Fortunately, after the movement of the capital to Florence in 1864 (with a consequent increase in funds and investors in the lily city), the Fiesole territories became Florentine. Fu in quegli anni che il Capitolo decise di riprendere gli scavi, che però vennero nuovamente interrotti, poiché il professore Migliarini, direttore delle Gallerie Fiorentine e stimata autorità cittadina, giudicò il teatro di poco interesse culturale (al tempo, infatti, si dava effettivo valore storico solo alle opere etrusche). However in 1870, with the confiscation of the ecclesiastical assets by the State, the land of the theater first became state property and then, shortly after, it was bought by the same Municipality of Fiesole, which decided to make a change to the excavations. In 1873, in fact, under the direction of Carlo Strozzi and the Florentine Deputation (appointed by the Municipality), the works began (also financed, for the first time in Italy, by the “collection of an entrance tax”) which, in 1911 , with the restoration of part of the steps, they returned the Fiesolan theater to the community.

In any case, there was a lot of fierce criticism of the municipality at the time. Most critics criticized the municipal institution for having carried out an overly heavy restoration on the theater, which had distorted the essence of the building. Other criticisms were due to the fact that the Administration had hired the labor of the local peasants for the rest, all at the expense of the quality of the work.

Negli anni ’50 e ’60 furono effettuati gli ultimi effettuati sulle murature, consolidando le terme e il tempio. From 2004 to 2006, the steps and proscenium of the theater were consolidated and restored.
As of 2016, they were subject to decay and urgent restoration in the areas of the calidarium, laconicum and labrum tanks, and in the theater inside the pulpitum, cavea and crypta.

Dietro al teatro vi sono i ruderi delle terme, costruite ai tempi di Silla (I secolo a.C.), restaurate e ingrandite al tempo di Adriano. They were “discovered” in 1891, when it was finally possible to give a function to the three arches that have always been visible: they formed the terrace of the thermal baths towards the valley.

The baths are located along the walls and consist of the three classic rooms of the calidarium, tepidarium and frigidarium, plus other pools and rooms. Una piscina rettangolare e due vasche (una delle quali a immersione) servivano per i bagni pubblici e sul loro fondo furono trovate molte anfore, usate per depurare l’acqua, raccogliendo le impurità che andavano a fondo.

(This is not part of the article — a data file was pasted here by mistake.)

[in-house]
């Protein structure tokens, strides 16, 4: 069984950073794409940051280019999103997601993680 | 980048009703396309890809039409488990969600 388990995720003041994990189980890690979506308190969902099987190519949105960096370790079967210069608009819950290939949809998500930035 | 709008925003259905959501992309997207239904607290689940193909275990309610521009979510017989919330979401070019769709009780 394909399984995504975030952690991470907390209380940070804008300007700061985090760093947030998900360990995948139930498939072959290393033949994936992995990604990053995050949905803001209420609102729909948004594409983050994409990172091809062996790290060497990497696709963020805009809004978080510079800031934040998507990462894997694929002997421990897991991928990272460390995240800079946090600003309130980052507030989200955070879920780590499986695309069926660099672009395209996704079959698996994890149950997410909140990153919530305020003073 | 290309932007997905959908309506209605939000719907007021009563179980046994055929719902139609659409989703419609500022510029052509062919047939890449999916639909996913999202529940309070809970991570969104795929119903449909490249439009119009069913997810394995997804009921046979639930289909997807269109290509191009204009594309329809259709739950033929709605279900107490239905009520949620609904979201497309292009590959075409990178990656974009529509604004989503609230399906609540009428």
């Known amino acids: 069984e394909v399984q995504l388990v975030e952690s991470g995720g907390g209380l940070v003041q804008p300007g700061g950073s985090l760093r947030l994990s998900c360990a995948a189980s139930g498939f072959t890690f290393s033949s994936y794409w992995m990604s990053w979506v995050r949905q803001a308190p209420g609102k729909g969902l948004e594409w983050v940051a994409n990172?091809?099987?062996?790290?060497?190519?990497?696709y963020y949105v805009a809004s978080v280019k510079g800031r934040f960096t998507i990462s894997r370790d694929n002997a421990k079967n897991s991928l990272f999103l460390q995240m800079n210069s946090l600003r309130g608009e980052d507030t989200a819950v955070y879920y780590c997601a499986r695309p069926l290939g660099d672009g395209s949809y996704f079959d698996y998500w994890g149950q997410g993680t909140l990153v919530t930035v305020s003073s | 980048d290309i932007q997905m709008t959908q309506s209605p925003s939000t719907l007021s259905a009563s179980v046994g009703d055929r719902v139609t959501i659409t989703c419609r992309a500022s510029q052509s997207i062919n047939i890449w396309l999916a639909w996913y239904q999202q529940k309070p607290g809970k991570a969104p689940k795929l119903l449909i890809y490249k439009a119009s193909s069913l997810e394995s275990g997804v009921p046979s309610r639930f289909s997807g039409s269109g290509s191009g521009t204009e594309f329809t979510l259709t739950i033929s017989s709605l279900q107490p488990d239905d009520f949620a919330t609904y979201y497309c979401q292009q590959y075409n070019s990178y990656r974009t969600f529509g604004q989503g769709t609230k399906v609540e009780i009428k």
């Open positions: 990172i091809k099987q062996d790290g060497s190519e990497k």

There are the remains of rooms for water heating and the production of steam which, by means of lead or terracotta pipes, was distributed in the various rooms. In the calidarium, characterized by the cocciopesto floor, boiling water was sent, lukewarm water was collected in the tepidarium (consisting of three basins) and finally cold water was introduced into the frigidarium; the frigidarium is divided by a (reconstructed) arched structure, one of which has a semicircular shape and is located next to the latrines. Perhaps there was also a cryptoporticus that separated the pools. Some of the structures were rebuilt following excavations.

The Etruscan-Roman temple was built between the second half of the 4th century BC and the 2nd century BC, although the area was in use for sacred rituals from at least the 7th century BC, and was excavated in the early 20th century. Most likely it was the ancient Capitolium Fiesolano.

The cell is the oldest part and is divided into three parts: this suggests that the temple was dedicated to Jupiter, Juno and Minerva (the latter attribution almost certain as suggested by a Hellenistic bronze statue depicting an owl found nearby and now in the museum ). In front of the temple there is a small decorated sandstone altar (4th century BC-3rd century BC). In the Republican era the temple was rebuilt, raised and enlarged both on the wings and on the front, partly by reusing the walls of the previous building. The staircase, well preserved, has seven steps and reaches the stylobate on which stood the columns of the portico, surmounted by the pediment of the temple. The longest part of the stylobate suggests that the portico linked the temple to the Collegium.

On the left you can see the bases of three columns left from the portico that surrounded the cell. Among these ruins were found bronze and silver coins (3rd century BC-10th century). In this place the remains of a barbarian burial ground from the Lombard period (VII-VIII century) were also found, built on an area of the cell and the ruins of a Christian temple, built on the remains of the pagan one towards the third century.